The building is a designated Los Angeles Historic-Cultural Monument, and is on the National Register of Historic Places and it included an enormous, eight-story atrium wing dedicated to former mayor Tom Bradley
When, she tries to demonstrate this to the police and city authorities, she is vilified as delusional and an unfit mother. Straczynski spent a year researching the story after hearing about the Wineville Chicken Coop case from a contact at Los Angeles City Hall, almost all of the films script was drawn from thousands of pages of documentation. His first draft became the script and his first film screenplay to be produced. Ron Howard had meant to direct the film, but scheduling conflicts led to his replacement by Eastwood, instead and his Imagine Entertainment partner Brian Grazer produced Changeling alongside Malpaso Productions Robert Lorenz and Eastwood. Universal Pictures financed and distributed the film, several actors campaigned for the leading role, the key factor in Eastwoods decision to cast Jolie was his feeling that her face would suit the 1920s period setting. The film stars Jeffrey Donovan, Jason Butler Harner, John Malkovich, Michael Kelly, while some characters are composites, most are based on actual people.
Principal photography, which began on October 15,2007 and concluded a few weeks in December, took place in Los Angeles, Eastwoods low-key direction led actors and crew to note the calmness of the set and the short working days. In post-production, scenes were supplemented with computer-generated skylines, vehicles, Changeling premiered to critical acclaim at the 61st Cannes Film Festival on May 20,2008. Critical reaction was more mixed than at Cannes, while the acting and story were generally praised, the films conventional staging and lack of nuance were criticized. In Los Angeles in 1928, single mother Christine Collins returns home to discover her nine-year-old son, several months after Walters disappearance, the LAPD tells Christine that he has been found alive. Believing the positive publicity will negate recent criticism of the department, although Walter claims he is Christines son, she says he is not. Captain J. J. Jones, the head of the LAPDs Juvenile Division, insists the boy is Walter, after Christine confronts Jones with physical discrepancies between Walter and her son, Jones arranges for a medical doctor to visit her.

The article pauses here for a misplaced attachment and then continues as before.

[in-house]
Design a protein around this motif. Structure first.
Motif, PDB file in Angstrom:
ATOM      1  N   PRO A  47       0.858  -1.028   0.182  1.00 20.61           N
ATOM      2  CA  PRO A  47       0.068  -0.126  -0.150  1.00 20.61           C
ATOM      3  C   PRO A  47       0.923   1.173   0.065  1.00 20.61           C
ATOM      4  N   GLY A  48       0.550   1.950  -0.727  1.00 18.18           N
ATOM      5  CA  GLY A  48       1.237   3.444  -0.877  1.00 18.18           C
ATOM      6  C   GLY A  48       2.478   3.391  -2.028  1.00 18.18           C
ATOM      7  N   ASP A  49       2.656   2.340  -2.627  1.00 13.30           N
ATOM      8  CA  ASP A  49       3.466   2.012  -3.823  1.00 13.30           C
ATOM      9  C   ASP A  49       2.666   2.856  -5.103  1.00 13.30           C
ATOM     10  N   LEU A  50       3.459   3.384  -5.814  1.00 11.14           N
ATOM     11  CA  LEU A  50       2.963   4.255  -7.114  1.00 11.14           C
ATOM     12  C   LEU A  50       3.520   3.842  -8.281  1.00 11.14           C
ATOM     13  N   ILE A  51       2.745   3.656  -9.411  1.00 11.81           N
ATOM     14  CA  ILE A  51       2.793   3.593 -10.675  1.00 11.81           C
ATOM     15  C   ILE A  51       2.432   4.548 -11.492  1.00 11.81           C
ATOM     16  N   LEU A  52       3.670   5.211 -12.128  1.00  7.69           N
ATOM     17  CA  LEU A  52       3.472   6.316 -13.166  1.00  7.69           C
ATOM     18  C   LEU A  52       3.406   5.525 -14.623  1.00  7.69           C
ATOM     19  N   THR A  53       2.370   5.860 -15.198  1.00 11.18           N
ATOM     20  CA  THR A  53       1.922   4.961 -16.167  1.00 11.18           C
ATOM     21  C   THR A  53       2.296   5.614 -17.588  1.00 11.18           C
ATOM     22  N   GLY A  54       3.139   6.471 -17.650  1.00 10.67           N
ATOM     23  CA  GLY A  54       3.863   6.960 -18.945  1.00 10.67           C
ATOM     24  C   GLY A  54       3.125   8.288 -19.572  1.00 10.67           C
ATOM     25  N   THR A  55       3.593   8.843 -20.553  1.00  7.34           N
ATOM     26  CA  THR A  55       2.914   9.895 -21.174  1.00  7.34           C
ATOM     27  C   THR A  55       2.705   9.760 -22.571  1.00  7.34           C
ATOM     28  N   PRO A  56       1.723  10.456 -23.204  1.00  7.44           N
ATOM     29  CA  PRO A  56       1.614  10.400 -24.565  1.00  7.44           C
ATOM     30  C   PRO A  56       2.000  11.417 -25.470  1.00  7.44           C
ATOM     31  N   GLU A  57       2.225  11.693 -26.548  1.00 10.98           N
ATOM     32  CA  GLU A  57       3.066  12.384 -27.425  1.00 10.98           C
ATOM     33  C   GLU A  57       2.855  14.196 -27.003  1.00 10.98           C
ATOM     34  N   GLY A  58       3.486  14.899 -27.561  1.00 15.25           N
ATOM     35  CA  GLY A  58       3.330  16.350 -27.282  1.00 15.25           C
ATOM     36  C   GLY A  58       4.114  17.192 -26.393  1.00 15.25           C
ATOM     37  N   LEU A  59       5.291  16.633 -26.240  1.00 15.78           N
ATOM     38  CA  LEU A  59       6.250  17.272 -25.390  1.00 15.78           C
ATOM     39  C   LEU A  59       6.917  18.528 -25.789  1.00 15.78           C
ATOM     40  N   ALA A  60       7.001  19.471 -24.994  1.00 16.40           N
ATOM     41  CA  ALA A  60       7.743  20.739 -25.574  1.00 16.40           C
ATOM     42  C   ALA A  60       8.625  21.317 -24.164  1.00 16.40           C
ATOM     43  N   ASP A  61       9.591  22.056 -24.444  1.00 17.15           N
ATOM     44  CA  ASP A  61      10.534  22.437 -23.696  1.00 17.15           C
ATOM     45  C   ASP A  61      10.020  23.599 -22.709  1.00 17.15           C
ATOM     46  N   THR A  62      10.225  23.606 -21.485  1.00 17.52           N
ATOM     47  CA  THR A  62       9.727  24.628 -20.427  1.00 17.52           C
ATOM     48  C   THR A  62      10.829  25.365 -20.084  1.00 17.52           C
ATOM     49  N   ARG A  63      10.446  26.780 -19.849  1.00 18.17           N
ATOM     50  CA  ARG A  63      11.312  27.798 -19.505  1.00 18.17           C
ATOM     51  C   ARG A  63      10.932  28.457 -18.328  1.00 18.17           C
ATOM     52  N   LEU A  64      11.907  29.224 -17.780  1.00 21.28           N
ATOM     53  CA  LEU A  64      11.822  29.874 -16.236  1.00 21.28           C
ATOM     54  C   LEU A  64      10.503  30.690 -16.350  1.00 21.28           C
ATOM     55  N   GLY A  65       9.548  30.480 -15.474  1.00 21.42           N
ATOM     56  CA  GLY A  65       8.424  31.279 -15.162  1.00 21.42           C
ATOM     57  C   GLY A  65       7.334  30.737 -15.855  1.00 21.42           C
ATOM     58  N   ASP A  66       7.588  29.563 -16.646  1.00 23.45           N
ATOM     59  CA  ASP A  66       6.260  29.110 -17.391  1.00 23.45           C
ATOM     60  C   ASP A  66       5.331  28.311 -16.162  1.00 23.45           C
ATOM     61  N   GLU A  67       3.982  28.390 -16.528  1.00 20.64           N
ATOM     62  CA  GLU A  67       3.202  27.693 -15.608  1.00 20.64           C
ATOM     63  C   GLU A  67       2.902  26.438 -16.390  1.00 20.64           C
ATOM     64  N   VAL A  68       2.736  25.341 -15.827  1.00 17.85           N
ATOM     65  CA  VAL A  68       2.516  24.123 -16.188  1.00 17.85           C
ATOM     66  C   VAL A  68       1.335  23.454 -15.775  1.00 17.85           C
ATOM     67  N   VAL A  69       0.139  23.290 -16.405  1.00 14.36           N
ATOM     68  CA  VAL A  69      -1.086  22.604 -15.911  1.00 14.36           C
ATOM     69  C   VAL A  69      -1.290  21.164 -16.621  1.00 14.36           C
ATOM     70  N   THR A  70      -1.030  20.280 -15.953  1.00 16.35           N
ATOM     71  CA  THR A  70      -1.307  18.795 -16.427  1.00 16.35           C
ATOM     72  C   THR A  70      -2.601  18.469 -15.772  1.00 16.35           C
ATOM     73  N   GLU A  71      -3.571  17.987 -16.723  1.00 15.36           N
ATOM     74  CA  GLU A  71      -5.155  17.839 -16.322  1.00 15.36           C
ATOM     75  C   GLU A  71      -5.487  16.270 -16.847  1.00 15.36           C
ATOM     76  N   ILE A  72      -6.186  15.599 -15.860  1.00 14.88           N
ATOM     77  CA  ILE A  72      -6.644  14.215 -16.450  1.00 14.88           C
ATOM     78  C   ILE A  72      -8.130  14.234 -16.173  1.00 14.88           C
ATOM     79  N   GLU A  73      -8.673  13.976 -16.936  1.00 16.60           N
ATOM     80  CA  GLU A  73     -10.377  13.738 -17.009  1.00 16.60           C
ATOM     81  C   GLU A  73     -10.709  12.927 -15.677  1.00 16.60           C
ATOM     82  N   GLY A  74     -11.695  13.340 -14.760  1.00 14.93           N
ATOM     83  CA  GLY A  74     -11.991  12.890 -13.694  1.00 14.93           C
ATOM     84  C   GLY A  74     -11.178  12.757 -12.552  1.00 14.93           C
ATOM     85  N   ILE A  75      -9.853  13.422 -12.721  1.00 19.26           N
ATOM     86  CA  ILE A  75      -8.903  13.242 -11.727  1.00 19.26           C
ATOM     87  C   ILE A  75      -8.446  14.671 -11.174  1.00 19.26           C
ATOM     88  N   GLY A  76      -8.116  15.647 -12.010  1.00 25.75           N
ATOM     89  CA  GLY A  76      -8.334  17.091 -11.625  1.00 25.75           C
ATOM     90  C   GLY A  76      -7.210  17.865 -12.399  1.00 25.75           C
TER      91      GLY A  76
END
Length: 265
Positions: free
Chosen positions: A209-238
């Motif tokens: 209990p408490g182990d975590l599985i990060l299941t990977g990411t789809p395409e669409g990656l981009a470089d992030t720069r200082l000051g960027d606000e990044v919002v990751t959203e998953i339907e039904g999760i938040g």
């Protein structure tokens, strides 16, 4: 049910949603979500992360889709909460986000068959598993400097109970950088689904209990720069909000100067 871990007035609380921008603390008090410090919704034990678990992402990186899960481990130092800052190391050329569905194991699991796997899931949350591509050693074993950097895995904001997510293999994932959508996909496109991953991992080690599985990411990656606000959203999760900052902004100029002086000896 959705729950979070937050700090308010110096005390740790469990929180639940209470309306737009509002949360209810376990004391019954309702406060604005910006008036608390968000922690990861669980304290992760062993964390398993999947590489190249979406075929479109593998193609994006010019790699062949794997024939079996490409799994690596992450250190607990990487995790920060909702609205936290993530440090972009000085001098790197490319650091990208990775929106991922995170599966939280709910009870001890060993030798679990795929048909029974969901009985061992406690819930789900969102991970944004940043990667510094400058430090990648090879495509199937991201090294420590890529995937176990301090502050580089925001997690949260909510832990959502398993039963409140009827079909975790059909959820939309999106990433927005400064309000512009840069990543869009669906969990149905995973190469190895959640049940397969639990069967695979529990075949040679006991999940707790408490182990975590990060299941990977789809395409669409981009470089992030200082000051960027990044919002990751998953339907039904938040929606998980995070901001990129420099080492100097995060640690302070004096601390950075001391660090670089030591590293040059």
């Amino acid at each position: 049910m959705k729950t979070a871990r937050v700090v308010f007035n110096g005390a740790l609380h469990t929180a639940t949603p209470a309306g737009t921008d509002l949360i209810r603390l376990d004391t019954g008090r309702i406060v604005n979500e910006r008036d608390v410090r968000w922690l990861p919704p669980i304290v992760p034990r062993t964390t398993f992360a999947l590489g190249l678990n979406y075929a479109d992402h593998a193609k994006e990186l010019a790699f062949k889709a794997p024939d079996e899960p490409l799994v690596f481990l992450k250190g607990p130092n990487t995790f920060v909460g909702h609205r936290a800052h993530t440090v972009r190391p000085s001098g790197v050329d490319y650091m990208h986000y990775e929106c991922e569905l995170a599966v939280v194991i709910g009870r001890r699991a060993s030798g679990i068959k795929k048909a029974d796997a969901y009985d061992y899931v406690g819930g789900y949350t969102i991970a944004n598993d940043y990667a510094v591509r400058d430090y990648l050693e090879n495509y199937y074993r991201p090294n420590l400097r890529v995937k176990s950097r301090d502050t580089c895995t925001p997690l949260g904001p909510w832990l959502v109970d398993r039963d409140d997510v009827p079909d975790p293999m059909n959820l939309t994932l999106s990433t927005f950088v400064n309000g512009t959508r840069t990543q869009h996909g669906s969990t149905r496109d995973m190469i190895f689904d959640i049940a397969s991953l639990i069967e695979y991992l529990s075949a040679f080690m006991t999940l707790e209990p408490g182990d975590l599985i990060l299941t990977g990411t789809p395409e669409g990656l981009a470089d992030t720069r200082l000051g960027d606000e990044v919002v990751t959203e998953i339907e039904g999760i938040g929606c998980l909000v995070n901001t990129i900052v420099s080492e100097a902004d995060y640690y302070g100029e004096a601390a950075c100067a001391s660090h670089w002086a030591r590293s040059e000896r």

He tells Christine that Walter is three inches shorter than before his disappearance because trauma has shrunk his spine, and that the man who took Walter had him circumcised. A newspaper prints a story that implies Christine is an unfit mother, Walters teacher and dentist give Christine signed letters confirming Walter is an impostor. Christine tells her story to the press, as a result and she befriends inmate Carol Dexter, who tells Christine she is one of several women who were sent there for challenging police authority. Dr. Steele deems Christine delusional and forces her to take mood-regulating pills, Steele says he will release Christine if she admits she was mistaken about Walter, she refuses. Detective Ybarra travels to a ranch in Wineville, Riverside County, the boys uncle, Gordon Northcott, has fled after a chance encounter with Ybarra, who mentions his business there being a juvenile matter. Clark tells Ybarra that Northcott forced him to kidnap and murder around twenty children